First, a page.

CRM is often castigated for its failures. It used to be companies would buy something like Siebel Systems (now owned by Oracle), only to find a few years later that it still wasn’t actually ready for salespeople to use.
When I ran SalesLogix, our ofﬁces were in a Nationwide Insurance building. In the late 90‘s, Nationwide tried to implement Siebel for its 5,000 salespeople. The implementation project lasted a few years. After the CIO was fired, the new CIO was interviewed and stated that the project had ﬁnally been scrapped – after spending over $110 million dollars and still never having actually used Siebel at all.
That was not unusual for CRM. Still isn’t.
Does your CRM pass the Sales Team Test?
Because of browser-based software, CRM is definitely easier to get running today. More often than not you can get up and running in hours, if not minutes. That is unquestionably a huge improvement over old client server software. But, the software still has to pass a critical test if it is going to succeed. Salespeople HAVE to like using it. If it’s not useful to sales teams, it’s just more work for them – and that’s exactly where most CRM systems fail.
To be clear, it’s never been an issue of not enough features. In fact, most products today are actually feature rich. Too many, maybe – lots of features, but light on benefits. At least for sales teams, anyway. The truth is, I think most of it is simply “bloatware.” It seems like it can do almost anything, or at least that’s how it’s sold to management. Think about it, CRM is usually sold with the promise that management will know everything salespeople are doing, and be able to manage, forecast, and analyze virtually everything going on in sales. But how does any of that help a sales team sell? It doesn’t. And the data that management HOPED would be there, isn’t. That’s failure.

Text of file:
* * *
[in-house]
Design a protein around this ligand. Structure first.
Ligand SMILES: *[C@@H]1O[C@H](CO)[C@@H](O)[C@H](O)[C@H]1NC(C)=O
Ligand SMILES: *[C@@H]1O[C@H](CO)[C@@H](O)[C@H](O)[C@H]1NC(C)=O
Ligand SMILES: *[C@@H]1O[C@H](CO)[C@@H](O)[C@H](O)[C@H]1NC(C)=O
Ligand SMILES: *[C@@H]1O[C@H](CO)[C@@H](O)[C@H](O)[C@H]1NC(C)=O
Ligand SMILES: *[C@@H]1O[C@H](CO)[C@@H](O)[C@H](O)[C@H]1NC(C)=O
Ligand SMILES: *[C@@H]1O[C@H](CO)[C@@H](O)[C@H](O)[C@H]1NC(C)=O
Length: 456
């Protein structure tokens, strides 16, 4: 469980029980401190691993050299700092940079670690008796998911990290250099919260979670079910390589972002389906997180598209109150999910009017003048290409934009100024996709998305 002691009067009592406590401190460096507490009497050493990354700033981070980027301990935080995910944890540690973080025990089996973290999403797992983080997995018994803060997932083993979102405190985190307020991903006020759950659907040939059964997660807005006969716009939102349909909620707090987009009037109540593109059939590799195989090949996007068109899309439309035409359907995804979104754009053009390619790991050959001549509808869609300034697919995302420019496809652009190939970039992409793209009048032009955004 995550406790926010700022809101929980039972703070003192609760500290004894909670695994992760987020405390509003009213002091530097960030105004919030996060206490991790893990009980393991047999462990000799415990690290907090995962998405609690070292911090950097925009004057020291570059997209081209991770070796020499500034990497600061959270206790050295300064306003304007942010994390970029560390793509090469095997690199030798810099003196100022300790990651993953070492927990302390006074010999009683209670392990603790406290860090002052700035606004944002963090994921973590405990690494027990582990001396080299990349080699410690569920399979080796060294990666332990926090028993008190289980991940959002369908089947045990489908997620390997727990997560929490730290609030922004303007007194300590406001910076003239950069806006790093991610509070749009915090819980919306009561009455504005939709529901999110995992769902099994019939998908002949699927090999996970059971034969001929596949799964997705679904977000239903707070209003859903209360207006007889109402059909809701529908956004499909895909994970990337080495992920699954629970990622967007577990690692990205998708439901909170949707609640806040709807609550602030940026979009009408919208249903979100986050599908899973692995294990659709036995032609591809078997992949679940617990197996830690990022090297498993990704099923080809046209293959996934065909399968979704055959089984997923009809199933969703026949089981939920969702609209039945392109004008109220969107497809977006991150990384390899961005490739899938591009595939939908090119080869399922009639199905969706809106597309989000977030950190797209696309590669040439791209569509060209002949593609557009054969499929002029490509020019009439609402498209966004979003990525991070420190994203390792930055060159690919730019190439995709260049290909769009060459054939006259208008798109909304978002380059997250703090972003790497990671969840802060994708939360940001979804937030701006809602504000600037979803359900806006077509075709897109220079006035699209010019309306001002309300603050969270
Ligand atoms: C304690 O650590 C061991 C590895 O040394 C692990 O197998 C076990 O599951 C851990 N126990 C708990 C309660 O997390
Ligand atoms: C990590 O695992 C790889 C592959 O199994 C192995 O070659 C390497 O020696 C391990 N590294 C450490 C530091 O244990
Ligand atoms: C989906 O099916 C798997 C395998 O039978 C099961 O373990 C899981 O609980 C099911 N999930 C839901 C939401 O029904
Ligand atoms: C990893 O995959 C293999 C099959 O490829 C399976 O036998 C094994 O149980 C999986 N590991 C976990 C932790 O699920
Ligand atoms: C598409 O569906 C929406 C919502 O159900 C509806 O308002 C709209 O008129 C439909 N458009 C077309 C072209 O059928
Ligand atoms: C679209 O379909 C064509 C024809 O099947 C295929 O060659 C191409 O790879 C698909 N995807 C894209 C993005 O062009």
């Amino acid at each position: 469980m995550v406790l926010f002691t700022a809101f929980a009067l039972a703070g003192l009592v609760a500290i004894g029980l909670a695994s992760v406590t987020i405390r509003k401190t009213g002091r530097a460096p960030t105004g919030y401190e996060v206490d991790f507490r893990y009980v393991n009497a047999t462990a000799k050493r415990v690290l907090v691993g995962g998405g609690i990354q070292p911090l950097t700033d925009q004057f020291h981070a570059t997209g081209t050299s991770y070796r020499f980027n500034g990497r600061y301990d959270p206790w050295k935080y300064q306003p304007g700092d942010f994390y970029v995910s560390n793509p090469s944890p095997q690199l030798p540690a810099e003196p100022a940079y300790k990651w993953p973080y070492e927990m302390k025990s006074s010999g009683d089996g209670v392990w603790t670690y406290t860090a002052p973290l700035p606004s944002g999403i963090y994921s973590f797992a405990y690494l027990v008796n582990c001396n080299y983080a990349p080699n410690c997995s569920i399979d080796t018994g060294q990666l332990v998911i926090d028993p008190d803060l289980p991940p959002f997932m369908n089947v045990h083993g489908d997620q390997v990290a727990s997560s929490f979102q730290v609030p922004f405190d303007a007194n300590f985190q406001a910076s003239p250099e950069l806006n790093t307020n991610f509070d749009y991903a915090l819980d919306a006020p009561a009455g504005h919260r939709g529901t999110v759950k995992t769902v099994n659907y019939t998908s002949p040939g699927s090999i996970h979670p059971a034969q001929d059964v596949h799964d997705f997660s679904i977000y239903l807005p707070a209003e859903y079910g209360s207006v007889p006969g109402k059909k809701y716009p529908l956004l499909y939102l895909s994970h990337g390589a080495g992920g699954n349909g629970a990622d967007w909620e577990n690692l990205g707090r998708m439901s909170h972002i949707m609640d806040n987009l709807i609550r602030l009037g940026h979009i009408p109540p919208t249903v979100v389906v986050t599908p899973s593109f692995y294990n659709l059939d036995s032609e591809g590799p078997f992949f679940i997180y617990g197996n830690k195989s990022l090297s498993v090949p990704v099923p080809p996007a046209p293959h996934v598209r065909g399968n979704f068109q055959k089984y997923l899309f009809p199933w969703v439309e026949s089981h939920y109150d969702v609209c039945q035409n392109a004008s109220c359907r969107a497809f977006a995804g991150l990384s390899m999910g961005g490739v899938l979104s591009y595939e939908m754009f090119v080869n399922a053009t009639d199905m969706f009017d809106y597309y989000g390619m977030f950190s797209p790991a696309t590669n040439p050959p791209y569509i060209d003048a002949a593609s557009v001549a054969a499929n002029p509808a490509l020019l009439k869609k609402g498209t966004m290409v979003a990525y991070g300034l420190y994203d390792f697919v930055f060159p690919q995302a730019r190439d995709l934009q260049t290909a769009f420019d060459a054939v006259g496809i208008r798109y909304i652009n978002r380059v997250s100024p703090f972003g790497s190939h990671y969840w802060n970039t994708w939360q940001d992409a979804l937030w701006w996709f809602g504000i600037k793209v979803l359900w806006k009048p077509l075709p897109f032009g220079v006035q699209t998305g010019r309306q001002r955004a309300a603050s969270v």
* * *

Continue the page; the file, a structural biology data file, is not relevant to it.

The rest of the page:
More on that in my next blog post.
We really believed there had to be an alternative. There had to be an upgrade path for all the people who were using low end products and were dissatisfied with that. And they knew they needed more. But then they looked at these very large, very expensive products and the chasm was huge.
They could not make that jump. So we wanted to make a product that these people, at the low end, could readily move up to. And have a product that’s totally an alternative to the high end products, which nobody likes, and nobody is actually using.